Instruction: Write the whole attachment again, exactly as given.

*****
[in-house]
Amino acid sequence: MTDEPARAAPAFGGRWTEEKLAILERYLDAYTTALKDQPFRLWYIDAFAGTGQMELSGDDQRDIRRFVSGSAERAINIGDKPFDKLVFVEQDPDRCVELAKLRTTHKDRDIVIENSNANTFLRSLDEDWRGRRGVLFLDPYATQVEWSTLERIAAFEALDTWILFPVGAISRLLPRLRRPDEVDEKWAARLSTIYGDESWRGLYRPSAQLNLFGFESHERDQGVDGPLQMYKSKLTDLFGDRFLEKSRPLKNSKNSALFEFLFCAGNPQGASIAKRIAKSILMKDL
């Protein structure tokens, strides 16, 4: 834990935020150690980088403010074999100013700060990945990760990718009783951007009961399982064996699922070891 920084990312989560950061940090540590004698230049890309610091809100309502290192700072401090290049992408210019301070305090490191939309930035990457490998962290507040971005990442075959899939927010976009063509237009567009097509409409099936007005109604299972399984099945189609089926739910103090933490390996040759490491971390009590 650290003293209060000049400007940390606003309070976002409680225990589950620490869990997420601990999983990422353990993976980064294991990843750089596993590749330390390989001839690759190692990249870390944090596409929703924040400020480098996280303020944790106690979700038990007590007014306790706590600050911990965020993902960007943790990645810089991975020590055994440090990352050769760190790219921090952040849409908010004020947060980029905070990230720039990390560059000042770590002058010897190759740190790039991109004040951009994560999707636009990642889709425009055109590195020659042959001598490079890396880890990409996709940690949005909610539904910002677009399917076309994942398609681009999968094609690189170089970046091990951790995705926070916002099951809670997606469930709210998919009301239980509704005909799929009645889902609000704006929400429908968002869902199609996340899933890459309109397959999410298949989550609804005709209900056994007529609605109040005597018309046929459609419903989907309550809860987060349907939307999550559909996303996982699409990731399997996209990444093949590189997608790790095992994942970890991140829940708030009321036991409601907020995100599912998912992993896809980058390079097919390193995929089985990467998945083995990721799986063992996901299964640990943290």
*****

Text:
[in-house]
Amino acid sequence: MTDEPARAAPAFGGRWTEEKLAILERYLDAYTTALKDQPFRLWYIDAFAGTGQMELSGDDQRDIRRFVSGSAERAINIGDKPFDKLVFVEQDPDRCVELAKLRTTHKDRDIVIENSNANTFLRSLDEDWRGRRGVLFLDPYATQVEWSTLERIAAFEALDTWILFPVGAISRLLPRLRRPDEVDEKWAARLSTIYGDESWRGLYRPSAQLNLFGFESHERDQGVDGPLQMYKSKLTDLFGDRFLEKSRPLKNSKNSALFEFLFCAGNPQGASIAKRIAKSILMKDL
């Protein structure tokens, strides 16, 4: 834990935020150690980088403010074999100013700060990945990760990718009783951007009961399982064996699922070891 920084990312989560950061940090540590004698230049890309610091809100309502290192700072401090290049992408210019301070305090490191939309930035990457490998962290507040971005990442075959899939927010976009063509237009567009097509409409099936007005109604299972399984099945189609089926739910103090933490390996040759490491971390009590 650290003293209060000049400007940390606003309070976002409680225990589950620490869990997420601990999983990422353990993976980064294991990843750089596993590749330390390989001839690759190692990249870390944090596409929703924040400020480098996280303020944790106690979700038990007590007014306790706590600050911990965020993902960007943790990645810089991975020590055994440090990352050769760190790219921090952040849409908010004020947060980029905070990230720039990390560059000042770590002058010897190759740190790039991109004040951009994560999707636009990642889709425009055109590195020659042959001598490079890396880890990409996709940690949005909610539904910002677009399917076309994942398609681009999968094609690189170089970046091990951790995705926070916002099951809670997606469930709210998919009301239980509704005909799929009645889902609000704006929400429908968002869902199609996340899933890459309109397959999410298949989550609804005709209900056994007529609605109040005597018309046929459609419903989907309550809860987060349907939307999550559909996303996982699409990731399997996209990444093949590189997608790790095992994942970890991140829940708030009321036991409601907020995100599912998912992993896809980058390079097919390193995929089985990467998945083995990721799986063992996901299964640990943290």